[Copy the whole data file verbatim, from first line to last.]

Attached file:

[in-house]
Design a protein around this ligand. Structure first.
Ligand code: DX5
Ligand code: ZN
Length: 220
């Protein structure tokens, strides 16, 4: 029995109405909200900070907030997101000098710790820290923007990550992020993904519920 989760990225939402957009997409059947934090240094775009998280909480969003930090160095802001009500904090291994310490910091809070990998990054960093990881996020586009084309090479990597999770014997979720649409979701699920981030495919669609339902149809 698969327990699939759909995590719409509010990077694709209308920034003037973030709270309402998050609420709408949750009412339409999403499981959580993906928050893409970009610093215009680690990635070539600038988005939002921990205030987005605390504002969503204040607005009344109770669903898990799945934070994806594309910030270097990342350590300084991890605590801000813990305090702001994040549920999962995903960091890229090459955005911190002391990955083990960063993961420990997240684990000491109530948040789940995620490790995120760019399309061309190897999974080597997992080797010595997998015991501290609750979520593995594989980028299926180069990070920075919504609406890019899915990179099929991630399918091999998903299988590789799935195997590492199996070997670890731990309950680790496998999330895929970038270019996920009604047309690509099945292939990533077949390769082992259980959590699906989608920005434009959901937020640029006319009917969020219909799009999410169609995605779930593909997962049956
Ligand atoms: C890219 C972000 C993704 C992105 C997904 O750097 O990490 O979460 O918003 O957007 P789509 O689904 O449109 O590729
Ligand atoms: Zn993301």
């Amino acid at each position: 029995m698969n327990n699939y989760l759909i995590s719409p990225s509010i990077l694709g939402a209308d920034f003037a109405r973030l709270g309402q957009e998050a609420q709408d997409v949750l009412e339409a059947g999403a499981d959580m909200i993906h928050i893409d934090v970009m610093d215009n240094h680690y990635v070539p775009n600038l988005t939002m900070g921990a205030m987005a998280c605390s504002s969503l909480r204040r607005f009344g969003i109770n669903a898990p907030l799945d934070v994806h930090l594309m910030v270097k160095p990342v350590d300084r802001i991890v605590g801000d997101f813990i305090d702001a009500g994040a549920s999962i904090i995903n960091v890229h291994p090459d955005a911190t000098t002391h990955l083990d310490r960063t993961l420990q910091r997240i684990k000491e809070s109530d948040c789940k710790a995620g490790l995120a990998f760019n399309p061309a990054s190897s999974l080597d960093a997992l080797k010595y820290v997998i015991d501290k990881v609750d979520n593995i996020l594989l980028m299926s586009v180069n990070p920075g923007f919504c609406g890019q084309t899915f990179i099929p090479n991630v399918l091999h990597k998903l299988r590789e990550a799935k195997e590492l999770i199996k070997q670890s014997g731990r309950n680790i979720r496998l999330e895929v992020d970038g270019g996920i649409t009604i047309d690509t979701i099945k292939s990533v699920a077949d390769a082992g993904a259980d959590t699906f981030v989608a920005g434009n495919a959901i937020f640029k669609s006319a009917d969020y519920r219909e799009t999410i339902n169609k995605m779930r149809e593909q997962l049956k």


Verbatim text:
[in-house]
Design a protein around this ligand. Structure first.
Ligand code: DX5
Ligand code: ZN
Length: 220
């Protein structure tokens, strides 16, 4: 029995109405909200900070907030997101000098710790820290923007990550992020993904519920 989760990225939402957009997409059947934090240094775009998280909480969003930090160095802001009500904090291994310490910091809070990998990054960093990881996020586009084309090479990597999770014997979720649409979701699920981030495919669609339902149809 698969327990699939759909995590719409509010990077694709209308920034003037973030709270309402998050609420709408949750009412339409999403499981959580993906928050893409970009610093215009680690990635070539600038988005939002921990205030987005605390504002969503204040607005009344109770669903898990799945934070994806594309910030270097990342350590300084991890605590801000813990305090702001994040549920999962995903960091890229090459955005911190002391990955083990960063993961420990997240684990000491109530948040789940995620490790995120760019399309061309190897999974080597997992080797010595997998015991501290609750979520593995594989980028299926180069990070920075919504609406890019899915990179099929991630399918091999998903299988590789799935195997590492199996070997670890731990309950680790496998999330895929970038270019996920009604047309690509099945292939990533077949390769082992259980959590699906989608920005434009959901937020640029006319009917969020219909799009999410169609995605779930593909997962049956
Ligand atoms: C890219 C972000 C993704 C992105 C997904 O750097 O990490 O979460 O918003 O957007 P789509 O689904 O449109 O590729
Ligand atoms: Zn993301």
């Amino acid at each position: 029995m698969n327990n699939y989760l759909i995590s719409p990225s509010i990077l694709g939402a209308d920034f003037a109405r973030l709270g309402q957009e998050a609420q709408d997409v949750l009412e339409a059947g999403a499981d959580m909200i993906h928050i893409d934090v970009m610093d215009n240094h680690y990635v070539p775009n600038l988005t939002m900070g921990a205030m987005a998280c605390s504002s969503l909480r204040r607005f009344g969003i109770n669903a898990p907030l799945d934070v994806h930090l594309m910030v270097k160095p990342v350590d300084r802001i991890v605590g801000d997101f813990i305090d702001a009500g994040a549920s999962i904090i995903n960091v890229h291994p090459d955005a911190t000098t002391h990955l083990d310490r960063t993961l420990q910091r997240i684990k000491e809070s109530d948040c789940k710790a995620g490790l995120a990998f760019n399309p061309a990054s190897s999974l080597d960093a997992l080797k010595y820290v997998i015991d501290k990881v609750d979520n593995i996020l594989l980028m299926s586009v180069n990070p920075g923007f919504c609406g890019q084309t899915f990179i099929p090479n991630v399918l091999h990597k998903l299988r590789e990550a799935k195997e590492l999770i199996k070997q670890s014997g731990r309950n680790i979720r496998l999330e895929v992020d970038g270019g996920i649409t009604i047309d690509t979701i099945k292939s990533v699920a077949d390769a082992g993904a259980d959590t699906f981030v989608a920005g434009n495919a959901i937020f640029k669609s006319a009917d969020y519920r219909e799009t999410i339902n169609k995605m779930r149809e593909q997962l049956k």